An interview with Roald Sagdeev: his story of plasma physics in Russia, 1956–1988
This oral history interview presents Roald Z. Sagdeev’s story of plasma physics in Russia. It chronicles the Russian school’s achievements in basic, laboratory, fusion and space plasma physics. The interview begins with memories of Sagdeev’s graduate student days in Moscow and then describes his work at the Kurchatov Institute of Atomic Energy (1956–1961), the Budker Institute of Nuclear Physics in Novosibirsk (1961–1971) and the Space Research Institute (IKI) (1973–1988). The interview examines the development of quasilinear theory, collisionless shocks, wave turbulence, instabilities, drift waves, chaos theory, the early stages of magnetic confinement theory and space plasma physics. Sagdeev and his school made seminal contributions in all of these areas, and all are central topics in plasma physics today. Sagdeev also speaks of his collaborations and friendships with notable scientists, such as M.N. Rosenbluth, M.A. Leontovich, L.A. Artisimovich, L.I. Rudakov, A.A. Galeev, V.E. Zakharov, as well as of the political and institutional challenges of this period. The conversation reflects Sagdeev’s unique and significant influence in modern plasma theory, Russian space exploration and his support of international cooperation for the advancement of humanity.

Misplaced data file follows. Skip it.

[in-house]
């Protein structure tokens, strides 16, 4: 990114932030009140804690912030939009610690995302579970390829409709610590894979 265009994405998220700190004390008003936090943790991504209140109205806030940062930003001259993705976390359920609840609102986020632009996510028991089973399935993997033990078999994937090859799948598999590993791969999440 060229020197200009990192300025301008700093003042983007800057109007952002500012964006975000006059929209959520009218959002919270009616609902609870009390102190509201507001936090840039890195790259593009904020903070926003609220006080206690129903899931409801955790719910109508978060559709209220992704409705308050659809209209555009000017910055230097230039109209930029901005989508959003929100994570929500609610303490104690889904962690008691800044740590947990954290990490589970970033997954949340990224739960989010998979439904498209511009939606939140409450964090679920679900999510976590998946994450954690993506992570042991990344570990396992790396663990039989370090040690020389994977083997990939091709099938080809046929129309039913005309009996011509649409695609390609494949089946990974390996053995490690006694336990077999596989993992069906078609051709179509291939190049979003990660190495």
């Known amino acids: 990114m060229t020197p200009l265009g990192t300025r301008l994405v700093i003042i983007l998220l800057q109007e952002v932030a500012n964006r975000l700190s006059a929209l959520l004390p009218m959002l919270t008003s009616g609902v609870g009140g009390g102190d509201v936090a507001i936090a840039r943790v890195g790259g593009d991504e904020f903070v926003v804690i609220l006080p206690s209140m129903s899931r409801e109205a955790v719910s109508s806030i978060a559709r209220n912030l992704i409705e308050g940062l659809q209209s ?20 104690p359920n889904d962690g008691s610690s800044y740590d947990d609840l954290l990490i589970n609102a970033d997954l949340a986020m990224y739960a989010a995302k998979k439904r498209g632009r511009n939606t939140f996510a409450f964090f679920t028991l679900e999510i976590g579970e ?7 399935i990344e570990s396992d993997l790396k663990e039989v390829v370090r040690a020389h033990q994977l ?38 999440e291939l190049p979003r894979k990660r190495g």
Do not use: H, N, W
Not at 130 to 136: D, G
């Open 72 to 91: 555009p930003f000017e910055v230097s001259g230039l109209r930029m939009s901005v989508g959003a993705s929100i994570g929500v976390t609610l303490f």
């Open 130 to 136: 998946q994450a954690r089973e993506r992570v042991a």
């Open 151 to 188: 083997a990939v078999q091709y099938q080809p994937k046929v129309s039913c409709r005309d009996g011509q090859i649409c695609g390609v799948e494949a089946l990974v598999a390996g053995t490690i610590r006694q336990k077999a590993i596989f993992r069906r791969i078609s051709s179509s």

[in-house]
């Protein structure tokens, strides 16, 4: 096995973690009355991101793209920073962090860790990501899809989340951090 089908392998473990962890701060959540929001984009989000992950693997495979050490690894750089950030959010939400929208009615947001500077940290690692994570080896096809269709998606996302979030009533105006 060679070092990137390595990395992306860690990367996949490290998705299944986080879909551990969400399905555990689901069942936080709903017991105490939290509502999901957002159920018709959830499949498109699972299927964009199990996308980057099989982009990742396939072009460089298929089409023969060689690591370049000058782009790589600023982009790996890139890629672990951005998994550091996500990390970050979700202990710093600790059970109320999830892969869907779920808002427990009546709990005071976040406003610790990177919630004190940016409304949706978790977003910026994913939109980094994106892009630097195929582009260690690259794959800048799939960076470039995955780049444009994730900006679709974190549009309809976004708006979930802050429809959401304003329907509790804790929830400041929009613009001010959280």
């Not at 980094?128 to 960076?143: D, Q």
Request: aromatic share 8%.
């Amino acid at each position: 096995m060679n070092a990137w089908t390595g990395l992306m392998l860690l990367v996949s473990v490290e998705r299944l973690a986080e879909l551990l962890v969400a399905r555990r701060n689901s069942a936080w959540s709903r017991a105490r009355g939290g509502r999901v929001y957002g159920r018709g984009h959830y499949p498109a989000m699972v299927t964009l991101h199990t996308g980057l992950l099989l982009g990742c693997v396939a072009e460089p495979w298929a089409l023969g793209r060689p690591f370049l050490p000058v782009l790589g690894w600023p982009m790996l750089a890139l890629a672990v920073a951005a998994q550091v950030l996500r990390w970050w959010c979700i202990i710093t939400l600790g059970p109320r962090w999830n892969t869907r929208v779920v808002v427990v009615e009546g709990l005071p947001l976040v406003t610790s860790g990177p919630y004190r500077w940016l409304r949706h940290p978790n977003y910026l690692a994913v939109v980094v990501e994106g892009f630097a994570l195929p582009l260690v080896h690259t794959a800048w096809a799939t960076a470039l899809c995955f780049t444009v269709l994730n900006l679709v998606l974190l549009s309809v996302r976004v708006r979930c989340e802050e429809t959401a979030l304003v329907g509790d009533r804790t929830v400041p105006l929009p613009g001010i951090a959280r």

Publisher URL: https://link.springer.com/article/10.1140/epjh/e2018-90042-3